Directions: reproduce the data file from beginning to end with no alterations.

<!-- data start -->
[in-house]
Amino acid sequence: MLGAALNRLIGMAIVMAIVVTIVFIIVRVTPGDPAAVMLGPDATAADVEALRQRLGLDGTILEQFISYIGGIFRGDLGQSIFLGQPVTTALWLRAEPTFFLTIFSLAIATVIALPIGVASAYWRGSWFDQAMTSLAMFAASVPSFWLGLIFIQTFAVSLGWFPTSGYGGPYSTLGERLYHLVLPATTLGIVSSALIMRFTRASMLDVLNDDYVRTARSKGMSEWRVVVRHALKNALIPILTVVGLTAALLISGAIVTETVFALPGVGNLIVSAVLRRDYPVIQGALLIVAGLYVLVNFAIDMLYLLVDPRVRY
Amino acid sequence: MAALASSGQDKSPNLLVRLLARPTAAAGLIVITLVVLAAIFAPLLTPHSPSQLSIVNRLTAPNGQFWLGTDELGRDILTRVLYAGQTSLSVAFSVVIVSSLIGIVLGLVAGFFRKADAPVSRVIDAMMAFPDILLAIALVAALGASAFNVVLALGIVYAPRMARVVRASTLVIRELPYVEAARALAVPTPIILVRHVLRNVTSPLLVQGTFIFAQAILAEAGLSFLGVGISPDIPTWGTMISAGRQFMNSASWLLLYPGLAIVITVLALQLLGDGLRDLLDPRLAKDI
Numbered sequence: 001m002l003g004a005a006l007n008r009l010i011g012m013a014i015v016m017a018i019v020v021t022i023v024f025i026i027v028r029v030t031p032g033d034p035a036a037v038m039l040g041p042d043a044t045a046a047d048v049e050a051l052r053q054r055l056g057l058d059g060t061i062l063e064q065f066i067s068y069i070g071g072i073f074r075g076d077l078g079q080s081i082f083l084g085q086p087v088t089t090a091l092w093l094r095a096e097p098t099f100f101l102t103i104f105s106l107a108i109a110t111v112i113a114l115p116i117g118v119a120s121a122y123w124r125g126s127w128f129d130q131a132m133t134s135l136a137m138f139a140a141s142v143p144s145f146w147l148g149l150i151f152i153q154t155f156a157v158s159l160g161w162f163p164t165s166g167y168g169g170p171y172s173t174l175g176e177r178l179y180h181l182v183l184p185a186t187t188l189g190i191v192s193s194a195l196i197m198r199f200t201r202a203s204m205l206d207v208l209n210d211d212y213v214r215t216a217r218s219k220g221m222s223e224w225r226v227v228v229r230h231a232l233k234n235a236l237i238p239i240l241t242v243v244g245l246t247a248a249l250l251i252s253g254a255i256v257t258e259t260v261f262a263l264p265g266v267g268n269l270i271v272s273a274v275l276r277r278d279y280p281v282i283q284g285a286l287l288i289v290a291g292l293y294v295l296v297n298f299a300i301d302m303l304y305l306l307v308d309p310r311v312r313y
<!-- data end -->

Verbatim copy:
[in-house]
Amino acid sequence: MLGAALNRLIGMAIVMAIVVTIVFIIVRVTPGDPAAVMLGPDATAADVEALRQRLGLDGTILEQFISYIGGIFRGDLGQSIFLGQPVTTALWLRAEPTFFLTIFSLAIATVIALPIGVASAYWRGSWFDQAMTSLAMFAASVPSFWLGLIFIQTFAVSLGWFPTSGYGGPYSTLGERLYHLVLPATTLGIVSSALIMRFTRASMLDVLNDDYVRTARSKGMSEWRVVVRHALKNALIPILTVVGLTAALLISGAIVTETVFALPGVGNLIVSAVLRRDYPVIQGALLIVAGLYVLVNFAIDMLYLLVDPRVRY
Amino acid sequence: MAALASSGQDKSPNLLVRLLARPTAAAGLIVITLVVLAAIFAPLLTPHSPSQLSIVNRLTAPNGQFWLGTDELGRDILTRVLYAGQTSLSVAFSVVIVSSLIGIVLGLVAGFFRKADAPVSRVIDAMMAFPDILLAIALVAALGASAFNVVLALGIVYAPRMARVVRASTLVIRELPYVEAARALAVPTPIILVRHVLRNVTSPLLVQGTFIFAQAILAEAGLSFLGVGISPDIPTWGTMISAGRQFMNSASWLLLYPGLAIVITVLALQLLGDGLRDLLDPRLAKDI
Numbered sequence: 001m002l003g004a005a006l007n008r009l010i011g012m013a014i015v016m017a018i019v020v021t022i023v024f025i026i027v028r029v030t031p032g033d034p035a036a037v038m039l040g041p042d043a044t045a046a047d048v049e050a051l052r053q054r055l056g057l058d059g060t061i062l063e064q065f066i067s068y069i070g071g072i073f074r075g076d077l078g079q080s081i082f083l084g085q086p087v088t089t090a091l092w093l094r095a096e097p098t099f100f101l102t103i104f105s106l107a108i109a110t111v112i113a114l115p116i117g118v119a120s121a122y123w124r125g126s127w128f129d130q131a132m133t134s135l136a137m138f139a140a141s142v143p144s145f146w147l148g149l150i151f152i153q154t155f156a157v158s159l160g161w162f163p164t165s166g167y168g169g170p171y172s173t174l175g176e177r178l179y180h181l182v183l184p185a186t187t188l189g190i191v192s193s194a195l196i197m198r199f200t201r202a203s204m205l206d207v208l209n210d211d212y213v214r215t216a217r218s219k220g221m222s223e224w225r226v227v228v229r230h231a232l233k234n235a236l237i238p239i240l241t242v243v244g245l246t247a248a249l250l251i252s253g254a255i256v257t258e259t260v261f262a263l264p265g266v267g268n269l270i271v272s273a274v275l276r277r278d279y280p281v282i283q284g285a286l287l288i289v290a291g292l293y294v295l296v297n298f299a300i301d302m303l304y305l306l307v308d309p310r311v312r313y